Comments to Gutsan’s appeal

Publish date: November 13, 1998

Written by: Jon Gauslaa

The arguments Gutsan alleges are however, less than convincing. As the analysis below will show, he is mostly concerned on drawing the attention away from the court's main points, rather than to focus on what the court actually says.
Converted document

Jon Gauslaa,
Legal advisor, the Bellona Foundation,
November 13, 1998

Comments to Gutsan’s appeal

The verdict of St. Petersburg City Court on October 29, 1998, was a crushing defeat not only for the FSB, but also for junior justice counsellor Aleksandr Gutsan, who conducted the case for the prosection and had approved all investigative steps that the FSB had taken during the three year long case. But Gutsan seemed to have recovered by November 1, when he lodged an appeal to the Supreme Court claiming that the City Court made a mistake when it rejected the conclusions made by military experts, rather than taking them for granted. The arguments Gutsan alleges are however, less than convincing. As the analysis below will show, he is mostly concerned on drawing the attention away from the court’s main points, rather than to focus on what the court actually says.

The need for claryfing the charges
The court points out that the specific text in chapter 8.2 of the Bellona-report, which allegedly contains state secrets according to the Law on State Secrets, must be rendered in the indictment. If not, the indictment will violate Articles 143 and 144 of the Russian Criminal Procedure Code.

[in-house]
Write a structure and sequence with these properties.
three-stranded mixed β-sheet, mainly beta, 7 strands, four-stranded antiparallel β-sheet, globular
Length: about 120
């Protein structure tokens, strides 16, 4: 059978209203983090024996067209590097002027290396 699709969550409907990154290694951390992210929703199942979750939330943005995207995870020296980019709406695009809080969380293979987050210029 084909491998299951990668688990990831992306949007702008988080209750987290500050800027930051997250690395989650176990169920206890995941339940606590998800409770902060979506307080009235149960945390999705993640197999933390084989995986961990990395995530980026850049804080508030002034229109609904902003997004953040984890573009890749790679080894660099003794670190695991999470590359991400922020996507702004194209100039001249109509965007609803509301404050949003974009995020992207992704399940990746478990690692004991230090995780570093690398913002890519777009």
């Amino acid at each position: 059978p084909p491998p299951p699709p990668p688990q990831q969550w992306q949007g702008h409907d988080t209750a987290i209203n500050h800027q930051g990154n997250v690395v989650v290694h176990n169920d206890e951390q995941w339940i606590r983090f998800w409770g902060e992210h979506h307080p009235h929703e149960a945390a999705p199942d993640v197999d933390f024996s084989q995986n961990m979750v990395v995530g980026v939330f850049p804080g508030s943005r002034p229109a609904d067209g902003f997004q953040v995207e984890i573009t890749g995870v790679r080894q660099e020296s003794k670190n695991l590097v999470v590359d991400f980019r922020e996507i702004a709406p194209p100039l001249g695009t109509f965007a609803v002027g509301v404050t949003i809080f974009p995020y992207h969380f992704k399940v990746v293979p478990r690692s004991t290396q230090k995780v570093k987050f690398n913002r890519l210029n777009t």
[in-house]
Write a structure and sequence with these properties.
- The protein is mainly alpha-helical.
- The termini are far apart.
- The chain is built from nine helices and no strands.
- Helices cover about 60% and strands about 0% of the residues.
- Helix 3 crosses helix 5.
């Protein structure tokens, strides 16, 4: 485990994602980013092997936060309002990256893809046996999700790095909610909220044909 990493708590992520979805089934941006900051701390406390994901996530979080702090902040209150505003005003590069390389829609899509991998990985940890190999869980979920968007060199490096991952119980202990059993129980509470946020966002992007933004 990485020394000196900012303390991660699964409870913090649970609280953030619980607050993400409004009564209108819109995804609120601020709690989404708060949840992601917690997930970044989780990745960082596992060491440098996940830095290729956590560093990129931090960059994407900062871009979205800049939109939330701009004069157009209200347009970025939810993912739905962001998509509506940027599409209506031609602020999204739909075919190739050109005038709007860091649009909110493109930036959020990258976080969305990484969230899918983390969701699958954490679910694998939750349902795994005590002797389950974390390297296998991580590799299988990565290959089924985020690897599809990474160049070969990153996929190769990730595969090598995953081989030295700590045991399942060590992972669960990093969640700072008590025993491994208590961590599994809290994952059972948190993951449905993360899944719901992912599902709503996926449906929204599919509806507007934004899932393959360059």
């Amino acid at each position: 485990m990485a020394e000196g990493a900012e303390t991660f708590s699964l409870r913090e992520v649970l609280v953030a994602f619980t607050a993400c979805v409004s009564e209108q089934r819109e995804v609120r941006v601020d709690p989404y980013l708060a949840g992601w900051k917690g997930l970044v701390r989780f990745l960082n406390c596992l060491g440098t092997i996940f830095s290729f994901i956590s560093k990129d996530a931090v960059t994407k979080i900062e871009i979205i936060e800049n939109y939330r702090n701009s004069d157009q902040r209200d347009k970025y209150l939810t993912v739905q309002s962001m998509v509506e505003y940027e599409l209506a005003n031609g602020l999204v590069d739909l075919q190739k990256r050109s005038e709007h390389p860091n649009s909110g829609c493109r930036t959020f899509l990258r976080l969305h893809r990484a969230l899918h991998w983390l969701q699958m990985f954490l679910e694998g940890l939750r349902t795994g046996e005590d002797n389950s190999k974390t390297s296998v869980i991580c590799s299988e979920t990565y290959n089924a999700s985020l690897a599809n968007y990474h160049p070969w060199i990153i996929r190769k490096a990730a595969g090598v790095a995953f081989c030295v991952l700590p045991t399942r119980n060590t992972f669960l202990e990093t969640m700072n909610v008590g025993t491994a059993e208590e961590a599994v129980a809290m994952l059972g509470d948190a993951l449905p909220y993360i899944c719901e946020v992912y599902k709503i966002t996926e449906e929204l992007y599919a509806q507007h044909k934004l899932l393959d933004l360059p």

In his attempt to oppose the court’s point of view, Gutsan states that the indictment specifies “when and under what circumstances Nikitin A.K. has collected and passed over to a foreign organization …information regarding accidents on nuclear submarines that constitutes state secrets.” The court’s point is, however, not that the indictment should have been more concrete regarding “when and under what circumstances” Nikitin has collected and passed over information, but that it should have rendered the excact information in the the Bellona-report that according to the prosecution constitutes state secrets. Only then would it be possible for Nikitin to conduct a proper defence, and only then would it be possible for the court to make an independent evaluation of whether this information actually contains state secrets according to the law or not.

Gutsan also refers to “the decision of the expert commission of the 8th Chief Department of the Russian General Staff” dated May 28, 1997, as if this proves that Nikitin has collected and handed over state secrets. However, the conclusion of this expert commission is based on the secret and/or retroactive decrees and not on the Law on State Secrets. As proof for Nikitin’s “illegal activity” it is therefore without any judicial value, which also seem to be the Court’s point of view.